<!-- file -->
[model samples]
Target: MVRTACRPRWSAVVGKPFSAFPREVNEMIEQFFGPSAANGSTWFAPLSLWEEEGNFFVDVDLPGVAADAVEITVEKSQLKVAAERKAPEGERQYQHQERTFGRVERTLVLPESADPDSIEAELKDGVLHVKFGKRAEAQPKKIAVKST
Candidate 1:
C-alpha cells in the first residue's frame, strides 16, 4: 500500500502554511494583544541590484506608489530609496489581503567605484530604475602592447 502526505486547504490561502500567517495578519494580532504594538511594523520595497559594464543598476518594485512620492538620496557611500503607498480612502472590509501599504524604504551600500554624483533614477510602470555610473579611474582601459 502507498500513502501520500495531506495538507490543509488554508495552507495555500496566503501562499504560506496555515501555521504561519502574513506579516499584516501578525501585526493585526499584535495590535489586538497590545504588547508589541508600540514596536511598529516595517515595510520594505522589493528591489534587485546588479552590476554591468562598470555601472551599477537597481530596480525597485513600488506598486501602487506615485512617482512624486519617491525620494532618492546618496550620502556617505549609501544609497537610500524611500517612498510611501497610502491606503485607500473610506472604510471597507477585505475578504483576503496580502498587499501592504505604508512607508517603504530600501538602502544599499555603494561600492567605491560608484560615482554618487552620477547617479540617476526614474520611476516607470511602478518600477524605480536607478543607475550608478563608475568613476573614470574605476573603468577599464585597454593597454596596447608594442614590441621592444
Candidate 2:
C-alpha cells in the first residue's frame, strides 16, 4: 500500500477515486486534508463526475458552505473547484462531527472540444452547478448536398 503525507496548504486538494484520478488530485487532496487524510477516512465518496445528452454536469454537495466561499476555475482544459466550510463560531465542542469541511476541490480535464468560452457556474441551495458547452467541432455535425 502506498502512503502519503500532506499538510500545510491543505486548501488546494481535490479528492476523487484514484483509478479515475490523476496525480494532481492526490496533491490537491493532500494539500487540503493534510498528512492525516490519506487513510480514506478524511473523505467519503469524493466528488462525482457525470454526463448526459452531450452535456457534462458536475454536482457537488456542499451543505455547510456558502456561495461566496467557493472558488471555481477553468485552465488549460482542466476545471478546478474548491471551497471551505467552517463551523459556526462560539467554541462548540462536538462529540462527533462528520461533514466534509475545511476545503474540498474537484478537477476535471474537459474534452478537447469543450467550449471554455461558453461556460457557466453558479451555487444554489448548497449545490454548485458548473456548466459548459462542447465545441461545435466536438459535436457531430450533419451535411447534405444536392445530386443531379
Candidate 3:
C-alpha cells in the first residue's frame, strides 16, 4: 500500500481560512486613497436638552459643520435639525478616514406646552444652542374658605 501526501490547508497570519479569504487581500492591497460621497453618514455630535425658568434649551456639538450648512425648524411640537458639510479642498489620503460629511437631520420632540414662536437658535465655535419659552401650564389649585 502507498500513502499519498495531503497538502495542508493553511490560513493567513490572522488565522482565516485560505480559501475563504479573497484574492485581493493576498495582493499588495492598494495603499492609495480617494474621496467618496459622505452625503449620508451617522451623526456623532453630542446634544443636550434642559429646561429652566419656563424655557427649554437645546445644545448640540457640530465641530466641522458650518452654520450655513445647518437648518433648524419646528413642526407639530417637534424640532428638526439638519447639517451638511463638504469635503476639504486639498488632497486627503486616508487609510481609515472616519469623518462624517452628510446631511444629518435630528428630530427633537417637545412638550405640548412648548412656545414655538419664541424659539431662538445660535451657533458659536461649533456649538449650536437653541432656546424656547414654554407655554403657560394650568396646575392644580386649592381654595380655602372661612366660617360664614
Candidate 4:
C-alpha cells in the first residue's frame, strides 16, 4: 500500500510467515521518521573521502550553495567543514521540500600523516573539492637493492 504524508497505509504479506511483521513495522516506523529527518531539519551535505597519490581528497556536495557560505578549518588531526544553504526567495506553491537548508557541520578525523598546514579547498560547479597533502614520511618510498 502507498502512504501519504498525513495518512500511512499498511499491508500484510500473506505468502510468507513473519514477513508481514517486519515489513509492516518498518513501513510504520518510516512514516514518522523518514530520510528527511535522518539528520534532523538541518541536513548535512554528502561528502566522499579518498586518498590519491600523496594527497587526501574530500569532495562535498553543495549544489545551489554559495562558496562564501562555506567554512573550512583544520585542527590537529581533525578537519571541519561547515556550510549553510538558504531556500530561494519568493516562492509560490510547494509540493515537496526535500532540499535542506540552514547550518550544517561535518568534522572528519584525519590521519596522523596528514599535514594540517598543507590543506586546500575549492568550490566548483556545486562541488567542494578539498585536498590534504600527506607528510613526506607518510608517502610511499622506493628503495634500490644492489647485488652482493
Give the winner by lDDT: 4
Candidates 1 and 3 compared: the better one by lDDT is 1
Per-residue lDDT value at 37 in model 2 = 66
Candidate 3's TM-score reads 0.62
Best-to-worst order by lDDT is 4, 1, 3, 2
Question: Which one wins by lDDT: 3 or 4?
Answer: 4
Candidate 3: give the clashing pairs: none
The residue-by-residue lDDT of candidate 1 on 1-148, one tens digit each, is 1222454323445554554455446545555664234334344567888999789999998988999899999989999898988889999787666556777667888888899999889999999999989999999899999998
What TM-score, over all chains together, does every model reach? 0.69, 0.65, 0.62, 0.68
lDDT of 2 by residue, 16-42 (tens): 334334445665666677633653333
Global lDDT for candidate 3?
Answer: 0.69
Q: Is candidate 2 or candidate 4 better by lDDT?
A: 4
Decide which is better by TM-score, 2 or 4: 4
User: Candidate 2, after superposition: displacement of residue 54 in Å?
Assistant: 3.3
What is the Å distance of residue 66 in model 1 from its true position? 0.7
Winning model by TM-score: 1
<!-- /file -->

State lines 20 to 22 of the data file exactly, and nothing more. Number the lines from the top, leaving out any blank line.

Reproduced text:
What TM-score, over all chains together, does every model reach? 0.69, 0.65, 0.62, 0.68
lDDT of 2 by residue, 16-42 (tens): 334334445665666677633653333
Global lDDT for candidate 3?